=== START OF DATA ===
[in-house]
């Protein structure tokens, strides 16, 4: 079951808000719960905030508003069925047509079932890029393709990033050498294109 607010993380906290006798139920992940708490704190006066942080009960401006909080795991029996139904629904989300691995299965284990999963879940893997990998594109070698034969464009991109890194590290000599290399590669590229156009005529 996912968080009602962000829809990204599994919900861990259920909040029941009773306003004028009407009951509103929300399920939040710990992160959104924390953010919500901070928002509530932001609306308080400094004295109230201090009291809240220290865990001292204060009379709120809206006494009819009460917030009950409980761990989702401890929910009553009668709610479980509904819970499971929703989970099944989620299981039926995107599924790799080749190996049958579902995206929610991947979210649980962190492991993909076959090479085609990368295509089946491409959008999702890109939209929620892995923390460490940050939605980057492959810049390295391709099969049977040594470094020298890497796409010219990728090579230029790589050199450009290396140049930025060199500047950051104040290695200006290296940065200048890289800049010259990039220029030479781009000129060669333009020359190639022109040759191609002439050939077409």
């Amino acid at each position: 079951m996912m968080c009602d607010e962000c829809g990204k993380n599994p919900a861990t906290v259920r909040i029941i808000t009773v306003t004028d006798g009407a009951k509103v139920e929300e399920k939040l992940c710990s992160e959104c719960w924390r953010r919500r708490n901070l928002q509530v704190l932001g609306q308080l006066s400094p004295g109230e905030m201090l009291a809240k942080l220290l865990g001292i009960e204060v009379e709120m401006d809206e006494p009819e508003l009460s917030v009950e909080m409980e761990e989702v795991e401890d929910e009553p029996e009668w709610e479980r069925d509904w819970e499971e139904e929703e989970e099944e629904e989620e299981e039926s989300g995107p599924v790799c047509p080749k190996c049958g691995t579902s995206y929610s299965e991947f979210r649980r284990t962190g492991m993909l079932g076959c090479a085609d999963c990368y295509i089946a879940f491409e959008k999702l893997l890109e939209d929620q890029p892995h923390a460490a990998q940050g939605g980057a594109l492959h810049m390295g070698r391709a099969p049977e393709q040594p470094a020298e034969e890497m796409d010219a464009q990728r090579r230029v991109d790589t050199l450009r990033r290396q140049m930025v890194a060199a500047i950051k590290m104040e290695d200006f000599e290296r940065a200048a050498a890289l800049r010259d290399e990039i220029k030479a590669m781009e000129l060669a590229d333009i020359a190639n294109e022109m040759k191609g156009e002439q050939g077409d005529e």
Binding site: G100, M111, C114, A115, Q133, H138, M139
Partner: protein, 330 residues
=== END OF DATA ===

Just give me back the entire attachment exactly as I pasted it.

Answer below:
[in-house]
């Protein structure tokens, strides 16, 4: 079951808000719960905030508003069925047509079932890029393709990033050498294109 607010993380906290006798139920992940708490704190006066942080009960401006909080795991029996139904629904989300691995299965284990999963879940893997990998594109070698034969464009991109890194590290000599290399590669590229156009005529 996912968080009602962000829809990204599994919900861990259920909040029941009773306003004028009407009951509103929300399920939040710990992160959104924390953010919500901070928002509530932001609306308080400094004295109230201090009291809240220290865990001292204060009379709120809206006494009819009460917030009950409980761990989702401890929910009553009668709610479980509904819970499971929703989970099944989620299981039926995107599924790799080749190996049958579902995206929610991947979210649980962190492991993909076959090479085609990368295509089946491409959008999702890109939209929620892995923390460490940050939605980057492959810049390295391709099969049977040594470094020298890497796409010219990728090579230029790589050199450009290396140049930025060199500047950051104040290695200006290296940065200048890289800049010259990039220029030479781009000129060669333009020359190639022109040759191609002439050939077409």
């Amino acid at each position: 079951m996912m968080c009602d607010e962000c829809g990204k993380n599994p919900a861990t906290v259920r909040i029941i808000t009773v306003t004028d006798g009407a009951k509103v139920e929300e399920k939040l992940c710990s992160e959104c719960w924390r953010r919500r708490n901070l928002q509530v704190l932001g609306q308080l006066s400094p004295g109230e905030m201090l009291a809240k942080l220290l865990g001292i009960e204060v009379e709120m401006d809206e006494p009819e508003l009460s917030v009950e909080m409980e761990e989702v795991e401890d929910e009553p029996e009668w709610e479980r069925d509904w819970e499971e139904e929703e989970e099944e629904e989620e299981e039926s989300g995107p599924v790799c047509p080749k190996c049958g691995t579902s995206y929610s299965e991947f979210r649980r284990t962190g492991m993909l079932g076959c090479a085609d999963c990368y295509i089946a879940f491409e959008k999702l893997l890109e939209d929620q890029p892995h923390a460490a990998q940050g939605g980057a594109l492959h810049m390295g070698r391709a099969p049977e393709q040594p470094a020298e034969e890497m796409d010219a464009q990728r090579r230029v991109d790589t050199l450009r990033r290396q140049m930025v890194a060199a500047i950051k590290m104040e290695d200006f000599e290296r940065a200048a050498a890289l800049r010259d290399e990039i220029k030479a590669m781009e000129l060669a590229d333009i020359a190639n294109e022109m040759k191609g156009e002439q050939g077409d005529e």
Binding site: G100, M111, C114, A115, Q133, H138, M139
Partner: protein, 330 residues